At this year’s MC13 the ‘writing is on the wall’, seemingly, for the e-commerce moratorium, which has hitherto favoured large tech behemoths such as Amazon. The moratorium on e-commerce denies nation states the opportunity to tax digital services. Coupled with Big Techs ‘data extractivism’ business model, its low-zero tax strategy in tax havens and (mis)classification of IP, collectively means a massive value extraction accrues to Big Tech and from nations; and especially LDC.

Global South nations are denied crucial revenue for the development agenda; and even the North and EU have begun regulating Big Tech with an array of significant cases and fines imposed.

This regime survives due to the multiple political challenges- stagnation at the WTO and its dispute settlement mechanism and asymmetrical power of MNCs. A post-Covid work and win conflict has seen huge supply chain constrains, as well as food inflation that has pushed many developing regions into dire poverty. The high cost of servicing debt in many African nations have seen less national resources to peruse the social and SDG agenda. (UN Secretary General Stimulus report, 2023) In this context fiscal tax resources have become a core challenge in meeting the UN’s SDGs.

Promoting Digital Economy for Development, UN SDGs

In the past several years the 4th industrial revolution and AI has dominated economy industry and political discussions and dialogues, with this year’s WEF where UN Secretary General and IMF Director General raise key concerns on the pace and direction of AI and inequalities.

  1. Special and Differentiated model and capacity for Digital Economy: In line with WTOs Special and Differentiated Technical support SDTs, we argue a new dispensation and capacity is required wherein OECD (Organisation for Economic Co-operation and Development) and developed nations and corporations should contribute resources, funds and capacity for SMEs in the Developing South to scale regional markets and ensure fair competition is promoted in the digital economy. They should have a layered architecture of rights and obligations and encompass capacity-building measures. WTO members should initiate plurilateral on topics that are of particular concern to developing countries and least developed countries.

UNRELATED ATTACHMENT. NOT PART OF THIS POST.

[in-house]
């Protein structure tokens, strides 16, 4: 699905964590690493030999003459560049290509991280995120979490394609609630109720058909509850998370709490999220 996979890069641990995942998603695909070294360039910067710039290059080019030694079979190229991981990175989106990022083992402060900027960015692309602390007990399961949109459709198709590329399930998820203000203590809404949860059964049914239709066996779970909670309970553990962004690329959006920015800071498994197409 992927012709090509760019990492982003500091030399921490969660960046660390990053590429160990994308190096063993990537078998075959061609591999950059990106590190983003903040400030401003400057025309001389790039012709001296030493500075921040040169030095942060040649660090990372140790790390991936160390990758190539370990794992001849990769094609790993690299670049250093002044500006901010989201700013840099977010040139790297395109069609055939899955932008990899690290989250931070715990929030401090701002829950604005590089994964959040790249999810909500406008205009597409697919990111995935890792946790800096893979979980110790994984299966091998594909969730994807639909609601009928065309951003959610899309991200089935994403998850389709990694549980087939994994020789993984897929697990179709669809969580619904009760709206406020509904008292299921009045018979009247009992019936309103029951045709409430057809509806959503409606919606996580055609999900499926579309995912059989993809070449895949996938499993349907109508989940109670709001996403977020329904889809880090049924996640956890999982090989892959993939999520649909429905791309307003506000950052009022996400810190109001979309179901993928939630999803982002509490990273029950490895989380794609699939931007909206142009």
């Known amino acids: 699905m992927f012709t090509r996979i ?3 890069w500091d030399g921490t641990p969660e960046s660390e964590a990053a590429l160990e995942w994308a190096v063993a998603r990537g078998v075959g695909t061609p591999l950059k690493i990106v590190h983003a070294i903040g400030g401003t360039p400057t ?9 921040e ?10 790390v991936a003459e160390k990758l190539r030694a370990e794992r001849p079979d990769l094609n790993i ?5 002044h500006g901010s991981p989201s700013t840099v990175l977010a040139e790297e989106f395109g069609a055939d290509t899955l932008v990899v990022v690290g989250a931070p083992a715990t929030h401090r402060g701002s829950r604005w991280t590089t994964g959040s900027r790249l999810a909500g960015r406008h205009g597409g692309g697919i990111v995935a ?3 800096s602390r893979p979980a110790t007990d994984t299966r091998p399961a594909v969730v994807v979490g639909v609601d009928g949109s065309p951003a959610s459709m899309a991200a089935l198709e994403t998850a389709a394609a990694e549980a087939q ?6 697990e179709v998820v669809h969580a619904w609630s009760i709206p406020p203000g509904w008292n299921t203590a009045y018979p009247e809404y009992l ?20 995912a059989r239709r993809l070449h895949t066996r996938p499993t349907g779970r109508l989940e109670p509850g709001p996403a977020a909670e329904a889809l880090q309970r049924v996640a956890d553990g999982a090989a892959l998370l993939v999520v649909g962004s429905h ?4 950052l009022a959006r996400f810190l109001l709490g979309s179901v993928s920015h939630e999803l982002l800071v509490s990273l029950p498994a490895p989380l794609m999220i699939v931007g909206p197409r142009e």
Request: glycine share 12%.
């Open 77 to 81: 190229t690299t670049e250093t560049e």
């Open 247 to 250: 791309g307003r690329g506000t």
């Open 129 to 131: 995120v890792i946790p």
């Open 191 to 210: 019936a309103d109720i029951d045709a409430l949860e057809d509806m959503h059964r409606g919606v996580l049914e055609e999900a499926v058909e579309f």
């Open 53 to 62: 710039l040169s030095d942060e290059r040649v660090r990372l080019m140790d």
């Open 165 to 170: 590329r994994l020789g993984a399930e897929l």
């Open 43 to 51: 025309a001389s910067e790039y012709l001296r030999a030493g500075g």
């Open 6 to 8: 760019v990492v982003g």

2. Data localisation for national-regional development: One of the most powerful tools is to utilise data for national-regional development and meeting UN SDGs. However, cross border data transfers are often a key issue used-misused in free trade agreements, where LDCs sign away their data sovereignty; (JNC, 2019, UNDP, 2022, UNCTAD, 2022).
  3. The need for inclusive, fit for purpose tax systems for Big Tech MNCs: The third component is taxation in the digital economy. An e-commerce tax can generate first tier revenue into national fiscus. The revenue of Big Tech behemoths such as Amazon exceeds the GDPs of many nation states. The effective taxation of these staggering revenues, which pose fundamental challenges to the existing system of international taxation, is something with which countries around the world have been struggling. Big Tech is heavily reliant on intellectual property (IP), such as software and algorithms, to create value. The common strategy is to locate the IP in tax havens, where royalties are often highly inflated, enabling the subsidiary to declare low-zero profits in the jurisdiction where it operates, thereby escaping taxation.

Taxes on the digital economy are complex and can take a variety of forms. Some are as simple as consumption taxes on internet purchases or service subscriptions (Netflix, Amazon). Others that aim to assess profitability and separate out digital companies from other parts of the economy are more complicated.

There is also the question of how digital taxation fits in with other transatlantic tech policy showdowns over privacy, competition, and government subsidies, hence the interlocking nature of global multilateral governance of Big Tech is multi-layered.

Alternative and complementary measures for taxation of digitalised economy, agri and fisheries subsidies are required as the WTO MC13 convenes in the UAE in February 2024, and the G20 in Brazil in November. These will test the ability of multilateralism to serve the Developing South in this most challenging period as development goals are backsliding. Time is running out.

Ashraf Patel is senior research associate at the Institute for Global Dialogue (IGD)